- The particle-gas preheating chamber is equipped with gas jets that induce vortices in four distinct directions. The vortices improve mixture uniformity and residence time distribution significantly. This uniform mixing and heating contribute to the production of high-quality, spherical particles with a narrow size distribution.
- Instead of applying a plasma torch or jet at the beginning of the droplets/aerosols spray, as is common with other technologies developed for material synthesis, Princeton NuEnergy’s plasma jet is placed at the bottom of the cyclone to treat materials. Direct coupling to a plasma jet to the spray is inefficient because most of the plasma’s energy is wasted in drying the droplets and discharging the gas phase. In Princeton NuEnergy’s innovative solution, the preheating chamber is intended to dry the particles using hot gasses (150-200°C), and the cyclone removes the gasses (>95%) from the particle stream.
Morphology recovery and chemistry modification
To recover the morphology of nanomaterials, a spray solution containing nanoparticles and Li precursors, such as LiOH and LiNOs, is prepared and used.
A suspension solution containing chemical precursors, such as nickel and cobalt precursors, and particles is prepared and sprayed if the reactor is used for chemistry adjustment.
After the droplets from the spray nozzle enter the jet-stirred heating zone, the solvent in the droplet evaporates under control. Solid spherical particles can be produced at low temperatures (150-250°C) and residence times of 5-10 seconds. The newly formed solid particles are composed of small nanoparticles and precursor compounds that bind the nanoparticles together.
After the particles are dried, they are carried by the gas stream to the cyclone separator, where they are separated from the gasses and then transferred to a plasma torch zone.
In the plasma treatment region, the thermal energy from the plasma torch can cause the decomposition of the precursor compounds in the particles into oxides, which can form strong binding to bind all the small nanoparticles within the particle. After decomposition, the precursor particles become amorphous or less crystalline.
In order to improve crystallinity and increase the particle size, the particles are annealed at a higher temperature of 700-800°Cin a tube furnace.
A spray solution containing Li precursors, such as LiOH and LiNOs, and microparticles is prepared and used.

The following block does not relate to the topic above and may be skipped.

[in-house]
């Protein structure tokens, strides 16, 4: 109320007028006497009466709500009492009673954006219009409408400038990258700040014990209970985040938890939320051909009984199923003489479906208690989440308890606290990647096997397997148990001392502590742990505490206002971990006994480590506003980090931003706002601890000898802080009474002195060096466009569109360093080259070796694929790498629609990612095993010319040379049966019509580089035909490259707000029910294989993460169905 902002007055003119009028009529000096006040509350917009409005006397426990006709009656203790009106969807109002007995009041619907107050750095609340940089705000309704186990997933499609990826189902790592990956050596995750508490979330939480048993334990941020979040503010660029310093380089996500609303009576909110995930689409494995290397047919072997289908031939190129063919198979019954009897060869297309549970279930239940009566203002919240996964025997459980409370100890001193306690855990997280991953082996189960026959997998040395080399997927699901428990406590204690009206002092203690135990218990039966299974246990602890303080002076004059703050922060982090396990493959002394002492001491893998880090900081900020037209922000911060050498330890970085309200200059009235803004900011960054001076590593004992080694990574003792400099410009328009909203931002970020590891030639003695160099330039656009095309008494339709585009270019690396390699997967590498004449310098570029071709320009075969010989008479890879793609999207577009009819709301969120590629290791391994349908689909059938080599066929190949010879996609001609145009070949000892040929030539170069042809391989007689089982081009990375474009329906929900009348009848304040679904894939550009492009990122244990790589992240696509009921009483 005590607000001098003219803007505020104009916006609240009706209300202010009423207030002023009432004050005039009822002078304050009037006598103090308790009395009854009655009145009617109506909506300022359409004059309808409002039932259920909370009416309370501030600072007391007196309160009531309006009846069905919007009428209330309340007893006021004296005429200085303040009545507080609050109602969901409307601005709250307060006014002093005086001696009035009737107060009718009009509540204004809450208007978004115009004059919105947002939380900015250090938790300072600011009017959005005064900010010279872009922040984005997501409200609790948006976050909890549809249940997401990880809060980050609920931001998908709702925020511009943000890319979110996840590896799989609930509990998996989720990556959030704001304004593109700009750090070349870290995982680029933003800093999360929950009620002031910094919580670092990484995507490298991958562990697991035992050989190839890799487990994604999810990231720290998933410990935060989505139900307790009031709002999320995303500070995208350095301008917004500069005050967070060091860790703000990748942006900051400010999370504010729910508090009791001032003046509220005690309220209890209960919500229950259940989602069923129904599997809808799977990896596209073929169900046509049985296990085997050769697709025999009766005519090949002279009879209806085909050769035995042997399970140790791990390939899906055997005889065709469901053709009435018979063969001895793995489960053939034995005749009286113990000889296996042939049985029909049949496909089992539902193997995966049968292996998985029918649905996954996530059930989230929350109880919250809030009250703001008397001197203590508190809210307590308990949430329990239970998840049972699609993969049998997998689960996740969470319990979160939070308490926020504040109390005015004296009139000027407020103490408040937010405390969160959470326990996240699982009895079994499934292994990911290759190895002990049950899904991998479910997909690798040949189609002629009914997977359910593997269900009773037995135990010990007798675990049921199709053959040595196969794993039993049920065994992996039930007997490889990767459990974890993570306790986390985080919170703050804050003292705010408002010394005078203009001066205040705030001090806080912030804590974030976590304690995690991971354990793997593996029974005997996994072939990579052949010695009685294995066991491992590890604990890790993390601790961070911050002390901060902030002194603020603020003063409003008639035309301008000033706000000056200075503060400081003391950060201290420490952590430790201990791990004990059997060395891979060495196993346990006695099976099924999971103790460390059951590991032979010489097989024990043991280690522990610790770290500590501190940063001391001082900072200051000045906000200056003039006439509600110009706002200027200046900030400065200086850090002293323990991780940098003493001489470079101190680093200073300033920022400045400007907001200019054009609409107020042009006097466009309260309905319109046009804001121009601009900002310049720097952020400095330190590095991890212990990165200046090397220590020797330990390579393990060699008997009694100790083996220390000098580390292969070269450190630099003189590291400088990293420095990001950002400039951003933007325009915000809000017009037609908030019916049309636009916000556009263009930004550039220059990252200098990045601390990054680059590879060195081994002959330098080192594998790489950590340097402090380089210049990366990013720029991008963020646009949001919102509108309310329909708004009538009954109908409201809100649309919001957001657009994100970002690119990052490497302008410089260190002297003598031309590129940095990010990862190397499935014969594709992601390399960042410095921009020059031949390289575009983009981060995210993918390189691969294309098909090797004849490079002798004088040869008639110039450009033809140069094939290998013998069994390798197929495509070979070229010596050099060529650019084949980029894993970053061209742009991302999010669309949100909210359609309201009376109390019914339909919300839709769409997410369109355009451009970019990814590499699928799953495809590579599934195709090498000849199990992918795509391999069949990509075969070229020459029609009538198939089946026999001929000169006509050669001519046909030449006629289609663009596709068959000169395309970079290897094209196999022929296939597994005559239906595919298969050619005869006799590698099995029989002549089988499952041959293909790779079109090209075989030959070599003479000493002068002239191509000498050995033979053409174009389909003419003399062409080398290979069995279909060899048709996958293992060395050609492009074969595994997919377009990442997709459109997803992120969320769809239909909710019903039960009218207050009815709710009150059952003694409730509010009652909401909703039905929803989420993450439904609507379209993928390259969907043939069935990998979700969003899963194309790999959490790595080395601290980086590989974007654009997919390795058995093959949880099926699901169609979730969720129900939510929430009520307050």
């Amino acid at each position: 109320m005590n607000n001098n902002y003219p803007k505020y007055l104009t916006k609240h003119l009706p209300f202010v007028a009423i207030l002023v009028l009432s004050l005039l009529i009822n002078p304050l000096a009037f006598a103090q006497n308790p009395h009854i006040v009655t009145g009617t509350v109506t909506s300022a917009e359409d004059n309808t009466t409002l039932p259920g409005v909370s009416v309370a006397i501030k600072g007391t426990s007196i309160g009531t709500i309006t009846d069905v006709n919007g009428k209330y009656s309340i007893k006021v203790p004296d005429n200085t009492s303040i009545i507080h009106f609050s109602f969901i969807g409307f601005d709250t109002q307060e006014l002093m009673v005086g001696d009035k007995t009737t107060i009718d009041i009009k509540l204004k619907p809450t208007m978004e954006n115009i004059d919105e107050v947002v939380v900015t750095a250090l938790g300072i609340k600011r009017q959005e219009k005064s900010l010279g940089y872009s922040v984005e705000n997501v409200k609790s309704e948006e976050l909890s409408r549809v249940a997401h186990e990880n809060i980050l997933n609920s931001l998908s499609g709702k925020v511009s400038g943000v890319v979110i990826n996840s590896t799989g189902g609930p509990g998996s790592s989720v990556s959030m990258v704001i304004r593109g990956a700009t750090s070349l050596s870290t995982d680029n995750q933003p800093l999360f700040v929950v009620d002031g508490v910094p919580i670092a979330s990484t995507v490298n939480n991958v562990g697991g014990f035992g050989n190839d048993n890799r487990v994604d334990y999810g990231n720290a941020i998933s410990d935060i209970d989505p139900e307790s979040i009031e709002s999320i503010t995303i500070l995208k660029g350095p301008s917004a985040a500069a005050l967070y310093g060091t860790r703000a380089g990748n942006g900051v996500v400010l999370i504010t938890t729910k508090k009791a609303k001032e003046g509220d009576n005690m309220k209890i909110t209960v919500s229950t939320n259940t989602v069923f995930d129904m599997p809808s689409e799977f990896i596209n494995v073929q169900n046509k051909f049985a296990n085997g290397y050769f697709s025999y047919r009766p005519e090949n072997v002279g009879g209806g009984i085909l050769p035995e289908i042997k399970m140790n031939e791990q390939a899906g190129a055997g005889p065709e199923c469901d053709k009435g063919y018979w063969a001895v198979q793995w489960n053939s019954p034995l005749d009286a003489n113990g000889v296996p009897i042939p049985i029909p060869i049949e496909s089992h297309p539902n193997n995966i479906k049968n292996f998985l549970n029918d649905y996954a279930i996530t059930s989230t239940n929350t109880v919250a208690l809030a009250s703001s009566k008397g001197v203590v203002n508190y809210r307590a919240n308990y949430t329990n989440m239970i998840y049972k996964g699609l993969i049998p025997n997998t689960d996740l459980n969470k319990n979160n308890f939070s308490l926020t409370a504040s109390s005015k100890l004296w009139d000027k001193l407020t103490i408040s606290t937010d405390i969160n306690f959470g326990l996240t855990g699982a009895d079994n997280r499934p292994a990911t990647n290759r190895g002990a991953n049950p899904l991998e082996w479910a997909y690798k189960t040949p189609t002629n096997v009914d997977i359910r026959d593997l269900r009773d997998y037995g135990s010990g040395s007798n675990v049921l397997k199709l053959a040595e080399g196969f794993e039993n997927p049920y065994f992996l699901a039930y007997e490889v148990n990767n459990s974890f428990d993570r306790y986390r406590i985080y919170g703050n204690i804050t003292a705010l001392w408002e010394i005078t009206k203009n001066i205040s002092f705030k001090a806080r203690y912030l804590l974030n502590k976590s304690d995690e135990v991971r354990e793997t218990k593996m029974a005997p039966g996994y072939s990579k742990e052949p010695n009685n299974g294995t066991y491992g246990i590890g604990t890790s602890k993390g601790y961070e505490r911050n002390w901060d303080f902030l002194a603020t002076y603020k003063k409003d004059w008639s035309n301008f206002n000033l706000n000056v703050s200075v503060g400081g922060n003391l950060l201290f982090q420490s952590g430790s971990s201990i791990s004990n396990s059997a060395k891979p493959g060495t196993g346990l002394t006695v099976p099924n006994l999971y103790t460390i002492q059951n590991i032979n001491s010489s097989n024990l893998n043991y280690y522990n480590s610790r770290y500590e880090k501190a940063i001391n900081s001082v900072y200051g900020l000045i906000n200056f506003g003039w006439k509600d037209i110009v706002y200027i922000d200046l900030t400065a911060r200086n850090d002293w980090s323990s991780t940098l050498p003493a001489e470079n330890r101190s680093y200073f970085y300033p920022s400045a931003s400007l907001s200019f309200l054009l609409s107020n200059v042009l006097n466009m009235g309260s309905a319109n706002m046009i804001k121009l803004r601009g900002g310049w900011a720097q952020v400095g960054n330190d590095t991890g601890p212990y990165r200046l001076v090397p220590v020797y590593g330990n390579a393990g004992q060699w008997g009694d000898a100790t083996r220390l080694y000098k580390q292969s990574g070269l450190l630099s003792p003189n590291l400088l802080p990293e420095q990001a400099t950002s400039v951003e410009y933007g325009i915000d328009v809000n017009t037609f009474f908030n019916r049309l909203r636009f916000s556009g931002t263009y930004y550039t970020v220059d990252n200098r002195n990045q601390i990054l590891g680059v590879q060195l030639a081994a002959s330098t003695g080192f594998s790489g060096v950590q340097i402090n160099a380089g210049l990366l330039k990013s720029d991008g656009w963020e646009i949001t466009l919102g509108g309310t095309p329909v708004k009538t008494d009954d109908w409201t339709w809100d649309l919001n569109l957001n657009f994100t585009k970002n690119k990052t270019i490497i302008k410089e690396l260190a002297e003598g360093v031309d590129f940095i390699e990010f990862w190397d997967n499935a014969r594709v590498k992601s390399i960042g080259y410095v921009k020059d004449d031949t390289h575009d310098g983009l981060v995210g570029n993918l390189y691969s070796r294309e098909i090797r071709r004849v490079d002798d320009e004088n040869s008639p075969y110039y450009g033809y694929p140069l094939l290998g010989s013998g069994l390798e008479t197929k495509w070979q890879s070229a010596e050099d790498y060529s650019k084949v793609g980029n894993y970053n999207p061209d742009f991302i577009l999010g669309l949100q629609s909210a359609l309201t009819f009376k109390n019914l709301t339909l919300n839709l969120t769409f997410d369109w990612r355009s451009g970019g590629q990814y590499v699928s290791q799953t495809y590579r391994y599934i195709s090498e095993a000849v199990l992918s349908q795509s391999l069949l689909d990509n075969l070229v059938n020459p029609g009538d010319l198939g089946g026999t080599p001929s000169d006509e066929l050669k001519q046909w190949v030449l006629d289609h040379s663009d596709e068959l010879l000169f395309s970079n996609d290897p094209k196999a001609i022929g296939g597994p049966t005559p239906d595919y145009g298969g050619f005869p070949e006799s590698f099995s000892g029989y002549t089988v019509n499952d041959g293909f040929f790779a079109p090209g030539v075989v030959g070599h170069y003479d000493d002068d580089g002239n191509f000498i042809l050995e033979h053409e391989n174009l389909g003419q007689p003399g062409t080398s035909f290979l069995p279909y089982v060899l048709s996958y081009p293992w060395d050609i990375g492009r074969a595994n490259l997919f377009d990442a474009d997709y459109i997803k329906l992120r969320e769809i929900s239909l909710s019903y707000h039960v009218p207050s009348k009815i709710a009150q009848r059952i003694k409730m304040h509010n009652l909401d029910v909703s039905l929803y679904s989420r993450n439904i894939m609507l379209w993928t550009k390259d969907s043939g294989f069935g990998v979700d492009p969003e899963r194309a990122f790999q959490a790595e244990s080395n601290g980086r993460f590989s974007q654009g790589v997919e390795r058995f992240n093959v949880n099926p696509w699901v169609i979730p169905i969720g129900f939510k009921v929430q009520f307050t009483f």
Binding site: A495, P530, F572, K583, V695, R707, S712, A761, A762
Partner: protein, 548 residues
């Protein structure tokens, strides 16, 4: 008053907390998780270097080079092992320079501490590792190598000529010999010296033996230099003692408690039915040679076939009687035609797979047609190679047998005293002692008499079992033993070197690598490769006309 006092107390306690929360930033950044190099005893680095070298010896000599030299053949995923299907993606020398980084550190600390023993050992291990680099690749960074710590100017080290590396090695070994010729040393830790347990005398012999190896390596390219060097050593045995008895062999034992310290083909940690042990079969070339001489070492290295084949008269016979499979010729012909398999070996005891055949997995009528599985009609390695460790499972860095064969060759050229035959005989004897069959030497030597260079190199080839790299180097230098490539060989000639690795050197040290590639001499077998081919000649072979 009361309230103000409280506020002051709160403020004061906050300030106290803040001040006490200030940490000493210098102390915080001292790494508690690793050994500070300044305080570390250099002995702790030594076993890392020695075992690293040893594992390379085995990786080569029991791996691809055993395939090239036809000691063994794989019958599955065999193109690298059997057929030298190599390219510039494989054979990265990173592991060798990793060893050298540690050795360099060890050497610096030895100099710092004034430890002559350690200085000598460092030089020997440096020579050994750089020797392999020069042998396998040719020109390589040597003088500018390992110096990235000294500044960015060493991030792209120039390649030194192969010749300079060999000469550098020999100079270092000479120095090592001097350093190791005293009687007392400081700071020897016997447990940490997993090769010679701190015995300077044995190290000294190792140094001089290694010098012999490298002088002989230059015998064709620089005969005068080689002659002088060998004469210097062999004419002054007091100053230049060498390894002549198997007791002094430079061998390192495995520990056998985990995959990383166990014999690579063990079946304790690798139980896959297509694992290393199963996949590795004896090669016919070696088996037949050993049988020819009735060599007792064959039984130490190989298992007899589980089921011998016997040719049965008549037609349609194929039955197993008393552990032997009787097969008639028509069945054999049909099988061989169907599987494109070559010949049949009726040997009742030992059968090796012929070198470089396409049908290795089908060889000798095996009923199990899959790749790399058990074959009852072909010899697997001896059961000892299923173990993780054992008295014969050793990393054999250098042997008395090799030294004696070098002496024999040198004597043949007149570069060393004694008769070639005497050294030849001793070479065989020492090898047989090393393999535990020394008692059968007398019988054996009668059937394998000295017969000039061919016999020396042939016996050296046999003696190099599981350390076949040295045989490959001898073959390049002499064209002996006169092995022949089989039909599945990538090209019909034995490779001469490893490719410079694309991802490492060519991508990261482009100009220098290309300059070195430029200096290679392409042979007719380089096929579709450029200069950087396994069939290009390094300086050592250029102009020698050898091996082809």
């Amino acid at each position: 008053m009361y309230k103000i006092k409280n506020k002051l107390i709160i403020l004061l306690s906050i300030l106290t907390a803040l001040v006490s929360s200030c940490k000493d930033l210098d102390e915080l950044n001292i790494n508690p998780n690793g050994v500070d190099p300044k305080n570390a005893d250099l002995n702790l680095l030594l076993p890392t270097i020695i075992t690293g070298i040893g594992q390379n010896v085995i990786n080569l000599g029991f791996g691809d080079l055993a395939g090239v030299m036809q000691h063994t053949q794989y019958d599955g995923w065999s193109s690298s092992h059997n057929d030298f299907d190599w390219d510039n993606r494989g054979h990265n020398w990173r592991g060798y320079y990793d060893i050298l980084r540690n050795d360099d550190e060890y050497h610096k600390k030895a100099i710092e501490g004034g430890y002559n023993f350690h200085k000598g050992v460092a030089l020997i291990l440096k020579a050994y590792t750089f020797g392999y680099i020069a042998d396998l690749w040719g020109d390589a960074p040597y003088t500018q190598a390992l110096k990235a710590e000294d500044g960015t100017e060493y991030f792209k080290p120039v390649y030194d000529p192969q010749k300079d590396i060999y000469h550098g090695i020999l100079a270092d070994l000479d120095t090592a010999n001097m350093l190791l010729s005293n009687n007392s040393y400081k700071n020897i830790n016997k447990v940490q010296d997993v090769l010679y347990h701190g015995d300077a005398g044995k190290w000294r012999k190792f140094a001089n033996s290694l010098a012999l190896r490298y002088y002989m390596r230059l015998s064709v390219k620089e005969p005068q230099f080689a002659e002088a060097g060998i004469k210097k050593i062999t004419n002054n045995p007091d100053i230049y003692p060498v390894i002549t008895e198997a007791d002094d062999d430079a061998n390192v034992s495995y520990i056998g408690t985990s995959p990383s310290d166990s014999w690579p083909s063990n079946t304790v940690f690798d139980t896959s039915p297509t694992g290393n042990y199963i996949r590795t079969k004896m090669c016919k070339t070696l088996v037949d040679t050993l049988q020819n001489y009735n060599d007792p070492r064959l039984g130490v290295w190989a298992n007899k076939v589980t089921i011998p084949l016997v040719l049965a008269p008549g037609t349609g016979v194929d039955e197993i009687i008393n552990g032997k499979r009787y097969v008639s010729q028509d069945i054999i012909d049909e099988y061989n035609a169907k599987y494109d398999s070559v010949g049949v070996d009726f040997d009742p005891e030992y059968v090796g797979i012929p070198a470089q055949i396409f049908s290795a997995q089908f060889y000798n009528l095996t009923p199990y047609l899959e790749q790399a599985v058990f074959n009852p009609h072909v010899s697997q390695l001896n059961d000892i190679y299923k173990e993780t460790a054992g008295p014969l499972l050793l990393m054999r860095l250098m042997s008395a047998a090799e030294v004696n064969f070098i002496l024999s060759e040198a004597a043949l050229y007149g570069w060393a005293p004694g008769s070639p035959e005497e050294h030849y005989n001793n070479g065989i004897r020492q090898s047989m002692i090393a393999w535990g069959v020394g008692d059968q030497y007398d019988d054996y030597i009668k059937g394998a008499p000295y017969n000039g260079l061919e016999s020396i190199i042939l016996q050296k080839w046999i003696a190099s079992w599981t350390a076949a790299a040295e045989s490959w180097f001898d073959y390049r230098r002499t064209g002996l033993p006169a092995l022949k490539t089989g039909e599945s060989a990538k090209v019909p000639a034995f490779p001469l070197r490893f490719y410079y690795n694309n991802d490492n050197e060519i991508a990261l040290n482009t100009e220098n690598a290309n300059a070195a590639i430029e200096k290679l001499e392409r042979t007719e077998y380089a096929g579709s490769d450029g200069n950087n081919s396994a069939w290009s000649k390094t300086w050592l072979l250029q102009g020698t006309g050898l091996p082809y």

After the droplets enter the jet-stirred heating zone, the solvent in the droplet evaporates under control. Solid spherical particles can generally be obtained at low temperatures (150-250°C) and residence times of 5-10 seconds. The Li precursor coated cathode materials are collected by a cyclone separator under low working pressure.
After evaporation of the solvent, the dried particles further undergo a two-step annealing process in a rotating furnace for relithiation.
The particles are first heated at moderately high temperature (150-500°C) for 30 mins to 5 hours in air or oxygen flow. The Li precursors melt on the surface of microparticles and a thin layer of molten shell is formed. The relithiation normally takes several hours. Rotating of the molten Li precursor coated cathode materials improves the heating uniformity for a better relithiation. This diffusion of Li ions from the surface to the subsurface is driven by the thermal energy and chemical potentials of the highly concentrated Li at the molten shell.
After relithation, the heating temperature rises to 700-800°C. This high temperature treatment normally takes 5 to 10 hours. After thermal treatment, the crystal structure and morphology are recovered. Oxygen flow is typically required to oxidize the aged cathode materials (Ni2+, Co2+) to the higher oxidation states (Ni3+, Co3+).
Compared to other relithiation processes, this micro-molten shell technology has the following benefits:
- Uniform and deep relithiation: the uniform coating layer ensures the shortest distance for surface Li to diffuse to subsurface Li-defect sites;
- Low cost and easy processing step: since only a stoichiometric amount of Li is needed to form the shell, the Li utilization efficiency is high. No washing or separation processes are needed to remove excess Li . The conventional molten salt relithiation method requires significantly more Li to form a liquid phase. The handling of regular molten salt is difficult, thus not a good option for the industrial scale process. The micro-molten shell method overcomes this drawback without forming a bulk liquid phase.
Princeton NuEnergy Patent
- WO2022109453A1 Systems and methods for lithium ion battery cathode material recovery, regeneration, and improvement
Princeton NuEnergy Products
Princeton NuEnergy produces high quality cathode and anode materials by recovering and regenerating battery batteries from aged lithium-ion batteries. The products including commonly used LCO, LFP, NCM, NCA materials, and graphite, exhibit similar or even better performance than commercially available materials. Additionally, the materials can be further modified and upgraded via a surface coating, doping, and up-cycling. Princeton NuEnergy’s novel recycling process also produces other products, including copper, aluminum, and plastics.
Princeton NuEnergy Funding
Princeton NuEnergy has raised a total of $21.4M in funding over 4 rounds, including two Grant rounds, an Angel round, and a Seed round. Their latest funding was raised on Nov 18, 2022 from a Grant round.
Princeton NuEnergy Investors
Princeton NuEnergy is funded by 8 investors, including Wistron Corporation, Technology Development Fund, WorldQuant Ventures LLC, AIBasis Fund, Cleantech Open, Shell Ventures, Greenland Technologies Holding, and US Department of Energy. Wistron Corporation and US Department of Energy are the most recent investors.
Princeton NuEnergy Founder
Chao Yan is Founder.
Princeton NuEnergy CEO
Chao Yan is CEO.
Princeton NuEnergy Board Member and Advisor
Yiguang Ju and Bruce E. Koel are Advisor.